Six years ago—good God, where does the time go—I was at a party sponsored by the mayor’s office commemorating the achievements of three gaijin living and working in the city. After making a bland speech, the mayor presented the three foreigners with letters of commendation, like a scoutmaster passing out merit badges.
I can’t for the life of me remember what I was doing there or who had invited me. I do remember, though, sitting with dé Dale on a sofa reserved for “VIP” guests—something that had us elbowing each other in the ribs and snickering. Leaning in close to my friend, I whispered: “As far as I’m concerned, the most remarkable thing any gaijinI know has done is to import magic mushrooms and sell them in the center of town right under the cops’s noses. And not get busted for it!”
Dé Dale, God love him, had been receiving bulk shipments of dried psilocybin mushrooms from a wholesaler in Holland. You name it—San Isidros, Liberty Caps, Blue Halos, Amanitas—dé Dale’s shops carried it. He also dealt in limited quantities of peyote seeds, San Pedro cactuses, as well as Ayahuasca bark from the jungles of the Amazon. Thanks to the entrepreneurial spirit of the man sitting beside me, the city’s disaffected youth were being kept in stitches, and out of their minds.
The “magic” didn’t last, though. It seldom does. A few months earlier, a popular young actor, by the name of Hideaki Itoh, had been hospitalized after a bad trip on shrooms, stirring the Japanese media into a frenzy of indignation: How on earth could such dangerous things be legal? The hosts of tabloid TV programs, called wideshows, wrung their hands and fretted. Reports reminiscent of Reefer Madness exaggerated the harmful effects of the mushrooms and concluded that something had to be done to eradicate the scourge.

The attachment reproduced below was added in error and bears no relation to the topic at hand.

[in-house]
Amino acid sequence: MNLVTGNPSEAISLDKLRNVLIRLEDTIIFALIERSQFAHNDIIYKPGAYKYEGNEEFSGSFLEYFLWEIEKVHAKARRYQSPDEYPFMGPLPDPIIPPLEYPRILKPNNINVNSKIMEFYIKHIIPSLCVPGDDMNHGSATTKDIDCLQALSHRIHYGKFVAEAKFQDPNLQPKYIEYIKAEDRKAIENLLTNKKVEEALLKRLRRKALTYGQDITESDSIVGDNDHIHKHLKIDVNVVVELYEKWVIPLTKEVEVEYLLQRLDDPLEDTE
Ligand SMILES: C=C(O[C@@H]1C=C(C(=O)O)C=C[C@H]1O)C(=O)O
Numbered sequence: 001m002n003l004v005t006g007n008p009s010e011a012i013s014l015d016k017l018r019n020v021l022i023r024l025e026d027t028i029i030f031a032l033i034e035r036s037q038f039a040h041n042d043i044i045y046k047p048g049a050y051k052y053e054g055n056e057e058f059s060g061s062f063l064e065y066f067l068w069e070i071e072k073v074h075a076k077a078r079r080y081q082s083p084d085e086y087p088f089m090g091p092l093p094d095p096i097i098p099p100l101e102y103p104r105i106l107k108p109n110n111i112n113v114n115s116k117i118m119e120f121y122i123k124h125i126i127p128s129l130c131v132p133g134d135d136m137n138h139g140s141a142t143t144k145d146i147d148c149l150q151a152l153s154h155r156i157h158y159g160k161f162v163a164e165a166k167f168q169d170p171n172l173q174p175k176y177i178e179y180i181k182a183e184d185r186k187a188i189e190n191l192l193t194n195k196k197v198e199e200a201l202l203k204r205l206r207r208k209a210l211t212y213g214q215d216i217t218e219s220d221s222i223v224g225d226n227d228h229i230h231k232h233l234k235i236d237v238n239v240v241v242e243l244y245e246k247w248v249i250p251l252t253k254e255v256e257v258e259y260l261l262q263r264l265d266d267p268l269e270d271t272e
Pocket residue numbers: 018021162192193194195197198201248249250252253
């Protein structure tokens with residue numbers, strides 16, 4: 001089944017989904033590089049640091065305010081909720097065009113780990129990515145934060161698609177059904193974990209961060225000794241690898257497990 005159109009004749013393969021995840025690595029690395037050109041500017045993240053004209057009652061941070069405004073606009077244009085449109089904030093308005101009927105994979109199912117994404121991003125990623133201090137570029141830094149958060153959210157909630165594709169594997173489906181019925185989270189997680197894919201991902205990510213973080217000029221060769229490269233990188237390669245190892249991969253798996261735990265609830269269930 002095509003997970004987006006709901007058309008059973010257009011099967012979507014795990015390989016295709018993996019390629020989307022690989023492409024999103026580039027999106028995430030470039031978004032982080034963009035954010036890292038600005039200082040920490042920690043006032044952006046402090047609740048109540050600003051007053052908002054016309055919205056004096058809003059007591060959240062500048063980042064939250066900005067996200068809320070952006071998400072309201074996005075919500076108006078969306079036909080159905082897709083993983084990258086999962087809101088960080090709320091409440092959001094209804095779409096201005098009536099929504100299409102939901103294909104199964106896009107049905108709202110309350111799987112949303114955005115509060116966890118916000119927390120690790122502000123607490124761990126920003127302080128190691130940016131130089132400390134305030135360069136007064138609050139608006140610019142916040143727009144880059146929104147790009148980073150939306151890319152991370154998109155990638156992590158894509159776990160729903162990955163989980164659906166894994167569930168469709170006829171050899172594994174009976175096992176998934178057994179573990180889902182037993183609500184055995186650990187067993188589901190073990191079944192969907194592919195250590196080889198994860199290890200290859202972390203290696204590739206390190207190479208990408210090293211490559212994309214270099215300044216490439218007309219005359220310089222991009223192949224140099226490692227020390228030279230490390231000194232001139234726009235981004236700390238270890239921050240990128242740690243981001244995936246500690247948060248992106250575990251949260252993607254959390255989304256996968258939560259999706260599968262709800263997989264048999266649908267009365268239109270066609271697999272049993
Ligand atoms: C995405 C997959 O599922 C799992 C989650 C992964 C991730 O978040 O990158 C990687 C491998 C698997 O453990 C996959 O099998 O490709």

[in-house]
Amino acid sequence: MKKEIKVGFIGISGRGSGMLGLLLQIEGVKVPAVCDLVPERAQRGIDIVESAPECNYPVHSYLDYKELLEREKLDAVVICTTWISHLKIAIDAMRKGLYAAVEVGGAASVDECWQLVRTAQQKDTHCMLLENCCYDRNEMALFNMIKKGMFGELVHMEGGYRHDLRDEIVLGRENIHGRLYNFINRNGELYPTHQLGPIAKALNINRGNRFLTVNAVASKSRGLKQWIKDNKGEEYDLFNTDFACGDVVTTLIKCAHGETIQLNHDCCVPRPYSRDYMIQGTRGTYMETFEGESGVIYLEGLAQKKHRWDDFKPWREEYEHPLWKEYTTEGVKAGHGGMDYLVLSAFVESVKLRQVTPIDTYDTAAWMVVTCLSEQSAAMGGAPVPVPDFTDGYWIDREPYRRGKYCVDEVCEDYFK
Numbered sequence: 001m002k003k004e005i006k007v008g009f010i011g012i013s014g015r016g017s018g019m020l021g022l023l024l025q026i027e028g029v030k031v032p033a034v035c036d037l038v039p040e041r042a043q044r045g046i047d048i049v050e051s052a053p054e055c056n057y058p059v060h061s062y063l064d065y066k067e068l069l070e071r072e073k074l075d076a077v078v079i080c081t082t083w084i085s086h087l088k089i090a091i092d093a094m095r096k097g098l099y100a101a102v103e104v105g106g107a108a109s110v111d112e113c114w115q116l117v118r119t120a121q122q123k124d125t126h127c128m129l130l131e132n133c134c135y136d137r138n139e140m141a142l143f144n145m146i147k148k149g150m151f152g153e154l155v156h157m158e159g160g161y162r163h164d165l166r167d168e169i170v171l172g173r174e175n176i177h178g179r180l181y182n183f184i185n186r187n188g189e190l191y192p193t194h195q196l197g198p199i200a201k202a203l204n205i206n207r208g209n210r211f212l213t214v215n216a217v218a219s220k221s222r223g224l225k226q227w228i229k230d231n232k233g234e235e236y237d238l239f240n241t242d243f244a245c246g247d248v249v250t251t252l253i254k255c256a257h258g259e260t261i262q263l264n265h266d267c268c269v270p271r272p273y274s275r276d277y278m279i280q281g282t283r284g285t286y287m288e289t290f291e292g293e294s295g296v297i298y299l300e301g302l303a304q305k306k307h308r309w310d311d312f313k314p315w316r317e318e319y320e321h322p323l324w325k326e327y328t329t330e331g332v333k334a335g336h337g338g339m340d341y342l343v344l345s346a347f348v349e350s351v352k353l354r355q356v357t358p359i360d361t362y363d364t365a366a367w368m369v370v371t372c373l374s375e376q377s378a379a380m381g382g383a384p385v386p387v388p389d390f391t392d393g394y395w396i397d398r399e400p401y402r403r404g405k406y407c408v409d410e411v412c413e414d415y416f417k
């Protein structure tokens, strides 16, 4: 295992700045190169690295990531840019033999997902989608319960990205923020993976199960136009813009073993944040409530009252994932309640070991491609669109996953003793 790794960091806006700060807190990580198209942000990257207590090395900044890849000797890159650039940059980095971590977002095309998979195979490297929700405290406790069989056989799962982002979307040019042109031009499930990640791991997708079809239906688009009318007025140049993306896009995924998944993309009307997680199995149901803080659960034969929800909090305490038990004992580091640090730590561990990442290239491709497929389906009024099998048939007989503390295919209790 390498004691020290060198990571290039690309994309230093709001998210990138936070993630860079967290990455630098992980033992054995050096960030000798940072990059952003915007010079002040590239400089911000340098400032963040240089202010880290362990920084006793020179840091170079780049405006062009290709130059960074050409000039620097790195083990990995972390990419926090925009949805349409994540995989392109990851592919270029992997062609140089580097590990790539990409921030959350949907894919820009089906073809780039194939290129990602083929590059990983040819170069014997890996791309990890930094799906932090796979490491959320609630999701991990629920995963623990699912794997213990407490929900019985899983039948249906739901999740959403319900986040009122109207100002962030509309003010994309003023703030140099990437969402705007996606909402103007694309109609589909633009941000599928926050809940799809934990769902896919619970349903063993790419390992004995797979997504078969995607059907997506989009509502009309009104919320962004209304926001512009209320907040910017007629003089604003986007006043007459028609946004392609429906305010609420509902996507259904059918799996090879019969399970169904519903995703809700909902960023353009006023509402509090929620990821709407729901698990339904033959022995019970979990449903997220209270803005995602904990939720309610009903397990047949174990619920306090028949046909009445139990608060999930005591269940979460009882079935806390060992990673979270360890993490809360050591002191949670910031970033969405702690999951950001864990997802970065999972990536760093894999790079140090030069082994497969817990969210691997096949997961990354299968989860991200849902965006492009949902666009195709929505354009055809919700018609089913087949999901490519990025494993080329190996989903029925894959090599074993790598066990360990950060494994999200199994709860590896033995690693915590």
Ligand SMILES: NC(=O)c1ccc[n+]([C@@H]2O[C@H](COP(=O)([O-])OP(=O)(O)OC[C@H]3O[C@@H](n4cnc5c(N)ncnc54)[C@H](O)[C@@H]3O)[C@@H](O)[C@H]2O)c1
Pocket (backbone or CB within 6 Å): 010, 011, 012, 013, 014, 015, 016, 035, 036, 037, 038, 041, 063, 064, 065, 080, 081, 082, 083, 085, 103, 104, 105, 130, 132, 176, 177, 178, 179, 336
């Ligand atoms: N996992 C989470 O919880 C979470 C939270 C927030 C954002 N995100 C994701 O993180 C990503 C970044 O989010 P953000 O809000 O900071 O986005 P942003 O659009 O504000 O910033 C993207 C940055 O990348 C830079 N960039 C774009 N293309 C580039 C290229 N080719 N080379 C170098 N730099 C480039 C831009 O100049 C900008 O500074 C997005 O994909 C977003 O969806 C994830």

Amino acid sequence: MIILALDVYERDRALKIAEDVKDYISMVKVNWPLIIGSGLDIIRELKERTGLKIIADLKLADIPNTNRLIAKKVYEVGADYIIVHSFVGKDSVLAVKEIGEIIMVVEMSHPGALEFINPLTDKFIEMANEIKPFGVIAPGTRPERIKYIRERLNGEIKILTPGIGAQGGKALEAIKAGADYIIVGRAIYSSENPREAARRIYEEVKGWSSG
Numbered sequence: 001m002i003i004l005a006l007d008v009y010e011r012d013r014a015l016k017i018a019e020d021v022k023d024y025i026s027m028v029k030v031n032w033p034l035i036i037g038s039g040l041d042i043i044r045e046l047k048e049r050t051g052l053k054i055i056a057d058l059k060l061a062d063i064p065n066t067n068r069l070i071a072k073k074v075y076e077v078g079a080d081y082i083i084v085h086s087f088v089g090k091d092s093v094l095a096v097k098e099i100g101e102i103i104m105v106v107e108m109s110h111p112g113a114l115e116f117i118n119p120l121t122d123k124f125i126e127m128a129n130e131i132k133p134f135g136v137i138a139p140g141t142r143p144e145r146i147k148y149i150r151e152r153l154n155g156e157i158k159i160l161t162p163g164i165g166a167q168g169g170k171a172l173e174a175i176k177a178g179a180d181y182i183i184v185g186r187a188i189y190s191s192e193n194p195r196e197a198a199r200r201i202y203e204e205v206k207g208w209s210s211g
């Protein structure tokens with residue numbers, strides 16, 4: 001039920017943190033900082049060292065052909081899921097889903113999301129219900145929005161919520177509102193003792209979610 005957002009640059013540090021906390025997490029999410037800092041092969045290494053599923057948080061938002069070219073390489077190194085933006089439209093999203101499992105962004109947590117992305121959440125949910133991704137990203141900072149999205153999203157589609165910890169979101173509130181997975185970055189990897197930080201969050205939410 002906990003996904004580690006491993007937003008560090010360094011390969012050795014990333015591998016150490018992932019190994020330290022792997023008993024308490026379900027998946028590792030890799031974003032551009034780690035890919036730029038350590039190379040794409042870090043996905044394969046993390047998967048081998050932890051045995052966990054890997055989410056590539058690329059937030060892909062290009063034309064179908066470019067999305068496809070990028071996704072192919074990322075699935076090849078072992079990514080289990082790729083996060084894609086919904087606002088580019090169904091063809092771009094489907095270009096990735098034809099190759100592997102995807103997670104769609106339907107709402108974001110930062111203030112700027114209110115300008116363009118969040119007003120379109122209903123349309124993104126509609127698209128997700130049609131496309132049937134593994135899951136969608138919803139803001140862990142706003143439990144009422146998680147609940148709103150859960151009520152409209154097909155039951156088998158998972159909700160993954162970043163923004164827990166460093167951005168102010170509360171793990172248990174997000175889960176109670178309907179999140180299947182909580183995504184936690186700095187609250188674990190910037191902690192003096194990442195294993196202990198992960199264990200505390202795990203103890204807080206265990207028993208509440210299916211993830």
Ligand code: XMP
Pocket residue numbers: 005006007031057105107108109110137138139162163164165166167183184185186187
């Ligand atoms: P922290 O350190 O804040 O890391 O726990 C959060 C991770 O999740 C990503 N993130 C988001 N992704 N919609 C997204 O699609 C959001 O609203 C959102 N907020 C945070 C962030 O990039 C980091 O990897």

In June 2002, laws would go into effect, plugging up the loopholes through which the delightful smorgasbord of natural psychedelics had been pouring in.
I knew the changes would hurt my friend’s business—he’d been doing some 10 million yen ($95,000) worth in sales a month at The Zoo, alone, not a small portion of which came from psilocybin mushrooms.
Never one to let his feathers get ruffled, dé Dale took the amendments to the law in stride. “It’s a game, Rémy. Only a game,” he said with that familiar insouciance of his. “Politicians change the rules, and think they’ve got you by the balls, but, all you have to do is to stay one step ahead of them.”
“When they try to change the rules, you change the game completely.”
A few days before the new law would come into effect in June 2002, dé Dale would get rid of his stock of psychedelic mushrooms, cacti, and Amazonian barks and leaves. And, without missing a beat, he would start selling vials of synthetic hallucinogenic drugs, instead, providing an ever expanding and nominally legal arsenal of designer drugs, with names like Speed Ball and Mellow Water. Cracking down on magic mushrooms only ensured that there would be stronger, more easily transportable drugs available to blow your mind with.
“And do you know why I always win?” dé Dale asked me that night.
“Because, my friend, I make more money and have more fun bending the rules than the cops do enforcing them.”
The first posting/chapter in this series can be found here.
Rokuban: Too Close to the Sun and other works are available in e-book form and paperback at Amazon.